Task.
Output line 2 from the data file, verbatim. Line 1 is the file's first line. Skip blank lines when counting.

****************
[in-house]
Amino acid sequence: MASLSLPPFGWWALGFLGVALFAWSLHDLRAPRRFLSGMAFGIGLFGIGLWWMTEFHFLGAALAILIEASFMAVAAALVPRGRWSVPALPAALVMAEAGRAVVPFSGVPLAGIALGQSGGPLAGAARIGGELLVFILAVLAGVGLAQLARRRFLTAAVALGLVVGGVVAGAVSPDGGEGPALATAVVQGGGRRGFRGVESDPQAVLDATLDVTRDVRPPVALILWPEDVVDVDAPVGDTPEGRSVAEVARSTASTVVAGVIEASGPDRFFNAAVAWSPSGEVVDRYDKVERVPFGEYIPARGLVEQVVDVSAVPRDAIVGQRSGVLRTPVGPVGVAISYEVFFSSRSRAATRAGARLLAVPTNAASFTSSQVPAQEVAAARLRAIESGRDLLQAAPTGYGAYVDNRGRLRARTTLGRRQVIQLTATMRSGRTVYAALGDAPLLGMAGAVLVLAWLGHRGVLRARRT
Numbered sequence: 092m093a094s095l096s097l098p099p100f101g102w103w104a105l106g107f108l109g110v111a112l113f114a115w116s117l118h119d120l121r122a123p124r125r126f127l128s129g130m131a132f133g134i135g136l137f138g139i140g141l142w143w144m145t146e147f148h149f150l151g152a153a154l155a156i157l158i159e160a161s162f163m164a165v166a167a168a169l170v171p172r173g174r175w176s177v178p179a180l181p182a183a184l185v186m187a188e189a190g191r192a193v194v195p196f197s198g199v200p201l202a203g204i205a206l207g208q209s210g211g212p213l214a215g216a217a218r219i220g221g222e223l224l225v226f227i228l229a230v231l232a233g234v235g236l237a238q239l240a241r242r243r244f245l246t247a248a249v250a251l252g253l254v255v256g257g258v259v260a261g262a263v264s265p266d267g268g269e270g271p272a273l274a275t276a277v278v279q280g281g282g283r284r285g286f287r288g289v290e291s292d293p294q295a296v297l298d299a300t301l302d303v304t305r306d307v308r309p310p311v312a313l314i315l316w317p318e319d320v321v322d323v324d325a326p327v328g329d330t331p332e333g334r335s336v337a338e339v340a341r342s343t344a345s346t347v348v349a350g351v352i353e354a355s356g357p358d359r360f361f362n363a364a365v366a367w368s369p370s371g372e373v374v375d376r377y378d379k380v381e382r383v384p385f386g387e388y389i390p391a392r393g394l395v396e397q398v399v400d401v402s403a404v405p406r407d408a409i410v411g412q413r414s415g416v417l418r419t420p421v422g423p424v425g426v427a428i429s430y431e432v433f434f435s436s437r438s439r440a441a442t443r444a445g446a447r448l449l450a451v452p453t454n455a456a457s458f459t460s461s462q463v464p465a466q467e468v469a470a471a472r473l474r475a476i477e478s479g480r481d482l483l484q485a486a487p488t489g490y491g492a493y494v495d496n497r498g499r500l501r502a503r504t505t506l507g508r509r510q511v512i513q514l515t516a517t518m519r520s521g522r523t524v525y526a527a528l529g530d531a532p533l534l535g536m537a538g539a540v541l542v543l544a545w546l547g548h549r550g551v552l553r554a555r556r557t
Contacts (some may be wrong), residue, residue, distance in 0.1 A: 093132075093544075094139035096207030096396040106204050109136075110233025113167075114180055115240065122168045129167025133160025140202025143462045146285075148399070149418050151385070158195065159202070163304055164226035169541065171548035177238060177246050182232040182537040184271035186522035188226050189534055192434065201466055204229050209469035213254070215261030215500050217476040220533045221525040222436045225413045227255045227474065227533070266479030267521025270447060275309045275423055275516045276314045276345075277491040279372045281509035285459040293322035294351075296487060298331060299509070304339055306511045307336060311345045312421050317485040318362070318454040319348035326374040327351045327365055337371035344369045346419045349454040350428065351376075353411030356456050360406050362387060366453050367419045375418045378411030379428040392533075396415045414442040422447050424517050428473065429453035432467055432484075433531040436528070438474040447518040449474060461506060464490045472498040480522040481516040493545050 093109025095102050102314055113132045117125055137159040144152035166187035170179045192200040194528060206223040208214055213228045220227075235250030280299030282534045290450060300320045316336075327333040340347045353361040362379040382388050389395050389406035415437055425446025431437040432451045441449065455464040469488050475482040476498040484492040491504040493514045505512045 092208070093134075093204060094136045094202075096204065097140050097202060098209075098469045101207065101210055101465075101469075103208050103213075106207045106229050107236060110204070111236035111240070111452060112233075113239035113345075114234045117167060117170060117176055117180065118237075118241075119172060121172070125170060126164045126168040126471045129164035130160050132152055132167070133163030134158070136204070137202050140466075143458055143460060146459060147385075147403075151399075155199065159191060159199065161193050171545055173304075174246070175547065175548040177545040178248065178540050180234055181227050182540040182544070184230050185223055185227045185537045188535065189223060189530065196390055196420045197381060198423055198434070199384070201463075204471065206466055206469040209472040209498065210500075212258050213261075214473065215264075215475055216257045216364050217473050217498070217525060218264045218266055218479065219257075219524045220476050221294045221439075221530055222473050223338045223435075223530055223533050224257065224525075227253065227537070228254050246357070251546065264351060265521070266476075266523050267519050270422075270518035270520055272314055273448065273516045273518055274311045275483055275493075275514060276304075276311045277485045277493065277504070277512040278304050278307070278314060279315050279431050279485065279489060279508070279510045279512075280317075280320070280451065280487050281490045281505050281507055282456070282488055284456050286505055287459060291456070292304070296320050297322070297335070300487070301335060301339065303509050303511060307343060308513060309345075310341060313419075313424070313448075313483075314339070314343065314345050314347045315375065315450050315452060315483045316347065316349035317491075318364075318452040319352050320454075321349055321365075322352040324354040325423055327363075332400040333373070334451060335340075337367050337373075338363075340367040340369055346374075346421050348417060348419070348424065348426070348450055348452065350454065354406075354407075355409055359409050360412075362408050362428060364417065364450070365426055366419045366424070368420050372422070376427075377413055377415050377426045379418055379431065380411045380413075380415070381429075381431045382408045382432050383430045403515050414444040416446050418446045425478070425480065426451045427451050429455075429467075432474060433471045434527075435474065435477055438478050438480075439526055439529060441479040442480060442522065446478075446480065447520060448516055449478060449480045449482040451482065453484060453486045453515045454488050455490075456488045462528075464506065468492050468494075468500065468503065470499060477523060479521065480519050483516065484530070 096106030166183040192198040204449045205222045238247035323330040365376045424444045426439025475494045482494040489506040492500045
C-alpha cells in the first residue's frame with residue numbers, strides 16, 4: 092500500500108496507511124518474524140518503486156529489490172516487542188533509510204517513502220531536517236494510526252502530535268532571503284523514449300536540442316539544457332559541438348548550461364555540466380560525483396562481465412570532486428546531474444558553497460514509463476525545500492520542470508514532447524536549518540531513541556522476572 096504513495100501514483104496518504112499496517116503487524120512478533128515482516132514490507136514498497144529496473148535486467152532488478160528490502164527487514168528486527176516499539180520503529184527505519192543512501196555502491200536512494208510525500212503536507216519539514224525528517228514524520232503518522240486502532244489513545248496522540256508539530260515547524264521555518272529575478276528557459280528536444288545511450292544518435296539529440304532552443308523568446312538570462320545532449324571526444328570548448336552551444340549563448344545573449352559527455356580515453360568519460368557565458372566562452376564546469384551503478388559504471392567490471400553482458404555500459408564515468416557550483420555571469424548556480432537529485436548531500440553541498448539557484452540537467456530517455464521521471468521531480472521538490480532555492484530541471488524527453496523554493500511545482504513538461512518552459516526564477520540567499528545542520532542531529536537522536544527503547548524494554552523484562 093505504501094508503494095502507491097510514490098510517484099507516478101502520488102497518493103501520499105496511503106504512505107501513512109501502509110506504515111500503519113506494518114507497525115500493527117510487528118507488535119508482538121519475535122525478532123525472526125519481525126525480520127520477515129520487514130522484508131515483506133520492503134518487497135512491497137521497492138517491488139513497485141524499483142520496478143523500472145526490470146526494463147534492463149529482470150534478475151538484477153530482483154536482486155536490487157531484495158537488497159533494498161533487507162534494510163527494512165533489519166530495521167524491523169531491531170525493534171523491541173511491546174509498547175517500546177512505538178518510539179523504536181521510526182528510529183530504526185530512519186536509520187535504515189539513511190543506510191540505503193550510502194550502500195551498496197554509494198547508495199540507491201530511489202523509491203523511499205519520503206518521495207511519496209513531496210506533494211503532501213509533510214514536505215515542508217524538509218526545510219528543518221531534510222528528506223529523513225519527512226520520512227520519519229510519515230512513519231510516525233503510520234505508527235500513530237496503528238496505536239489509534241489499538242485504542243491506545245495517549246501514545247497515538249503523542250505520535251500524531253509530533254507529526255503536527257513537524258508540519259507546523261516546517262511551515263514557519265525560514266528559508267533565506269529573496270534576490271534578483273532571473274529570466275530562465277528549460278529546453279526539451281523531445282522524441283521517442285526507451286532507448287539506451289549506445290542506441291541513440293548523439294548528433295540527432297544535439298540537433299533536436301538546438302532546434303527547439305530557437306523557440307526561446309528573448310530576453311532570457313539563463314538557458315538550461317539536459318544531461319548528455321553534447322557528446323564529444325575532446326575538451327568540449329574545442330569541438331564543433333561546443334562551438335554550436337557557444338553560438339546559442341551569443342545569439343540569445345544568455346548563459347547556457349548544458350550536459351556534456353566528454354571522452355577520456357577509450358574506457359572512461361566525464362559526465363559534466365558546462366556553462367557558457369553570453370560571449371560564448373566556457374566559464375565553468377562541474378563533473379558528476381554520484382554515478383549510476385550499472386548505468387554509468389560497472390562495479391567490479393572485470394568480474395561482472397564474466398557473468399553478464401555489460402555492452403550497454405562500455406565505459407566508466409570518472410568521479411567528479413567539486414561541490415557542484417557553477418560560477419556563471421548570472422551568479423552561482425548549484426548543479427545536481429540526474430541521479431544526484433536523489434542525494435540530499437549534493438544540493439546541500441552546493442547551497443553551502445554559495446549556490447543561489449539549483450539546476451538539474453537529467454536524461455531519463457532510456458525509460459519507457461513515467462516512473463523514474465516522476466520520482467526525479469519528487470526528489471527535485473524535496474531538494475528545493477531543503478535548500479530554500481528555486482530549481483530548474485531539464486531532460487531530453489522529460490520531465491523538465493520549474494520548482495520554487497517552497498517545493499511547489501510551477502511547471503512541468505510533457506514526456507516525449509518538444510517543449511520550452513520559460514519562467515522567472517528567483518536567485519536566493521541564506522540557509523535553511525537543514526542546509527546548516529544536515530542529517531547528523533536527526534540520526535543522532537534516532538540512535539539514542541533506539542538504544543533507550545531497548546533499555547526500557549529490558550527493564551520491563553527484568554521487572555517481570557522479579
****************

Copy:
Amino acid sequence: MASLSLPPFGWWALGFLGVALFAWSLHDLRAPRRFLSGMAFGIGLFGIGLWWMTEFHFLGAALAILIEASFMAVAAALVPRGRWSVPALPAALVMAEAGRAVVPFSGVPLAGIALGQSGGPLAGAARIGGELLVFILAVLAGVGLAQLARRRFLTAAVALGLVVGGVVAGAVSPDGGEGPALATAVVQGGGRRGFRGVESDPQAVLDATLDVTRDVRPPVALILWPEDVVDVDAPVGDTPEGRSVAEVARSTASTVVAGVIEASGPDRFFNAAVAWSPSGEVVDRYDKVERVPFGEYIPARGLVEQVVDVSAVPRDAIVGQRSGVLRTPVGPVGVAISYEVFFSSRSRAATRAGARLLAVPTNAASFTSSQVPAQEVAAARLRAIESGRDLLQAAPTGYGAYVDNRGRLRARTTLGRRQVIQLTATMRSGRTVYAALGDAPLLGMAGAVLVLAWLGHRGVLRARRT